Tag Archives: Tim Rozon

Citytv celebrates Canadian storytelling with new 2019/20 original programming slate

From a media release:

A cop-and-canine crime-fighting duo, an 1880s photographer with a macabre specialty, and an intergalactic space queen are among the weirdly wonderful characters coming to Citytv in 2019/20. The new original Canadian programming slate includes scripted series Hudson & Rex (Season 2), Dead Still, and Vagrant Queen. And with six new Canadian shows in development for Citytv, there are even more original stories to come for TV lovers.

With a Season 2 order for Hudson & Rex, Citytv’s popular original Canadian scripted series returns to the Fall schedule with more of what audiences love. Produced by Shaftesbury and Pope Productions Ltd., in association with Citytv and Beta Film GmbH, the police-procedural drama set in St. John’s, Nfld. follows detective Charlie Hudson (John Reardon, Van Helsing) and his German Shepherd partner, Rex (canine Diesel vom Burgimwald). Hudson & Rex is Citytv’s highest-rated original scripted series since 2015, reaching more than 2.5M viewers during its first six debut episodes*. Based on the Austrian drama Inspector Rex, Hudson & Rex also stars Mayko Nguyen (Killjoys) as Doctor Sarah Truong, Kevin Hanchard (Orphan Black) as Superintendent Joe Donovan, and Justin Kelly (Wynonna Earp) as Tech Analyst Jesse Mills.

Citytv works with some of the most innovative content creators and global partners to bring to life great new stories to appeal to Canadians, and indeed, international audiences. Building on the success of Hudson & Rex, Citytv again collaborates with Toronto-based Shaftesbury on the new series Dead Still, an Ireland/Canada treaty co-production, with RTE as the Irish broadcaster and Acorn TV in the U.S. And a fierce new heroine also joins Citytv as live-action sci-fi drama series Vagrant Queen brings the graphic novel story to a whole new audience in a Canada/South Africa treaty co-production by Toronto’s Blue Ice Pictures, also broadcast on Syfy in the U.S. Both series join the Citytv schedule in 2020.

Hudson & Rex, Dead Still, and Vagrant Queen are the newest chapters in Citytv’s ongoing commitment to tell great stories by and for Canadians. Championing Canadian independent producers and production companies across the country, Citytv supports the local industry and invests in homegrown talent with commissions that capture Canada’s rich regional character. Citytv’s original content celebrates our uniquely Canadian perspective and delivers world-class entertainment to 30 million Canadians every week.

Citytv’s New Original Series Descriptions

Broadcast dates/times to be announced in the coming months

DEAD STILL
Citytv ventures to 1880s Ireland, during the earliest days of photography, with the original light-hearted drama series Dead Still. Brock Blennerhasset (Michael Smiley, Luther) is a master photographer with the unusual specialty of “memorial photography” – taking pictures of the dead. And he’s making a killing. But not every photo captures tranquil and eternal repose. The photographer and his assistant Connal Molloy (Kerr Logan, Alias Grace), find themselves embroiled in his subjects’ mysterious deaths or murders. Dead Still blends mystery and drama with gallows humour to present a comic thriller with a witty take on the complications of working as a photographer in the early years of the practice. Dead Still also stars Eileen O’Higgens (Brooklyn), Mark Rendall (Versailles), Martin Donovan (Big Little Lies), Aidan O’Hare (Jackie), Jimmy Smallhorne (Taken Down), and Peter Campion (Derry Girls).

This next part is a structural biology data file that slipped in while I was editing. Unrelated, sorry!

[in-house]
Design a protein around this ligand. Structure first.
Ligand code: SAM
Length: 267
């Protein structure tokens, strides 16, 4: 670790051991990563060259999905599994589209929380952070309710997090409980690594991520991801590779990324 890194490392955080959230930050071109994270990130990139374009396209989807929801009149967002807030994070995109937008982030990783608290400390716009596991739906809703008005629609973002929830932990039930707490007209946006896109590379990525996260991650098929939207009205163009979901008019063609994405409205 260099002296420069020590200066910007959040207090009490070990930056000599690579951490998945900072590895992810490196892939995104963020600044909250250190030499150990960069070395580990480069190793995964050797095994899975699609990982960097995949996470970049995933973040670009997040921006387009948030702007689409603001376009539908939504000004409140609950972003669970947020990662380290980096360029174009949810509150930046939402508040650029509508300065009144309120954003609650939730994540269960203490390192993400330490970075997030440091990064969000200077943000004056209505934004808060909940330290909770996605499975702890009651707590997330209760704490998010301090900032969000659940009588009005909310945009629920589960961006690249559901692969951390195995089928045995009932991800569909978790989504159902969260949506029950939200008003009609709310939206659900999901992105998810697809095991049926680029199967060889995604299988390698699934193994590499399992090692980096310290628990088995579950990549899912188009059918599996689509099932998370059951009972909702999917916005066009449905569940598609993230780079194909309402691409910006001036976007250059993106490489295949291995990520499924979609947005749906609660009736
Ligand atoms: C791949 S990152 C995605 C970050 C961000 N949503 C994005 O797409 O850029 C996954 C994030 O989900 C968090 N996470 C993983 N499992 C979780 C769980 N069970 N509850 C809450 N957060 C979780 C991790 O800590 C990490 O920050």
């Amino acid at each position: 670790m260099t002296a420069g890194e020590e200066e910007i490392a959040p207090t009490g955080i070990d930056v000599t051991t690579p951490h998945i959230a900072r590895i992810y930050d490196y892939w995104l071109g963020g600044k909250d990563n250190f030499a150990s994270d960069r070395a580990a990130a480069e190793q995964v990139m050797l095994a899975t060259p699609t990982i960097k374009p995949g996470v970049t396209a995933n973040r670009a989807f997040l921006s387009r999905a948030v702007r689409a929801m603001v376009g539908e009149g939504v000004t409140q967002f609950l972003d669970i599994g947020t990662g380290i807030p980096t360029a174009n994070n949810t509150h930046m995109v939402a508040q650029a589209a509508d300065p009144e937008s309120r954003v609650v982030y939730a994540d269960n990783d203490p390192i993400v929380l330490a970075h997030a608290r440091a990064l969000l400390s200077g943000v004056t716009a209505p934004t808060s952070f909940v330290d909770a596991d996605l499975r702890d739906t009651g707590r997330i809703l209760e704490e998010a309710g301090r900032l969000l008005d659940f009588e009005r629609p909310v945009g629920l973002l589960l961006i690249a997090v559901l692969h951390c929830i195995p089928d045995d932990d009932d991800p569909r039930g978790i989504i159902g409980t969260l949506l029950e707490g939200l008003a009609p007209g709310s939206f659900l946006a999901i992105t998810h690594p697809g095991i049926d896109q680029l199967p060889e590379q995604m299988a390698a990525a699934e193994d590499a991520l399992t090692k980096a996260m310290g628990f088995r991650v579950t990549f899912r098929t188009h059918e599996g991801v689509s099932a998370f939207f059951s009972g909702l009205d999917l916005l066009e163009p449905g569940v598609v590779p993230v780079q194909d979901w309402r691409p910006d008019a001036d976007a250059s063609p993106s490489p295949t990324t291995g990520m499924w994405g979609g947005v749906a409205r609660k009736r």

VAGRANT QUEEN
Featuring an all-female team of writers and directors led by Jem Garrard, Vagrant Queen is a live-action adaptation of the popular graphic novel. Driven from her throne as a child, queen Elida (Adriyan Rae, Light as a Feather) has wandered the galaxy for 15 years, scavenging for space junk and trying to evade a Republic government out to extinguish her millennia-old bloodline. When old frenemy Isaac (Tim Rozon, Wynona Earp) shows up claiming her mother is still alive, they return to her former kingdom to stage a rescue – bringing Elida face-to-face with a deadly foe from her childhood, Commander Lazaro (Paul du Toit, Maze Runner). Executive Producers are Lance Samuels and Daniel Iron.

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Additional casting confirmed for new CBC original legal aid drama Diggstown as production begins

From a media release:

With production now underway in Halifax, Nova Scotia, Circle Blue Entertainment, Freddie Films Inc., and DHX Media today announced additional casting for new CBC original drama Diggstown (6×60). Created by Halifax’s Floyd Kane (Across The Line), the series is set for a winter 2019 broadcast and streaming premiere on CBC, the CBC TV app and cbc.ca/watch.

The series follows Marcie Diggs (Vinessa Antoine, Being Erica, Heartland), a star corporate lawyer who reconsiders her priorities after her beloved aunt commits suicide following a malicious prosecution. The team of lawyers that Marcie works with are a curious band of do-gooders, cynics and scrappers – messy souls struggling to keep personal disappointment and demons out of their practice. They work directly in the community to find justice for their diverse clients, exploring issues of racism, poverty and gender bias. Joining Antoine is a star-studded cast including Natasha Henstridge (Species), C. David Johnson (Street Legal), Stacey Farber (Grace and Frankie), Brandon Oakes (Arctic Air), Shailene Garnett (Shadowhunters: The Mortal Instruments), Tim Rozon (Wynonna Earp), and Dwain Murphy (Titans).

A CBC original drama, Diggstown is co-produced by Circle Blue Entertainment, Freddie Films Inc., and DHX Media. Kane is creator, executive producer and showrunner, and Amos Adetuyi (Jean of the Jones), Brenda Greenberg (Being Erica) and Todd Berger (Wynonna Earp) are executive producers. Kelly Makin (Saving Hope) is the pilot director and executive producer. For CBC, Sally Catto is General Manager, Programming; Helen Asimakis is Senior Director, Scripted Content; and Deborah Nathan is Executive in Charge of Production.

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Wynonna Earp: Showrunner Emily Andras sounds off on Season 3

Canadian Wynonna Earp fans have had to wait a few days longer than our friends in the U.S. That’s because Syfy offered up a special preview of “Blood Red and Going Down” this past Monday while those grumpy Guses at Space stuck to their guns (see what I did there?) and are waiting until Friday for us to see it.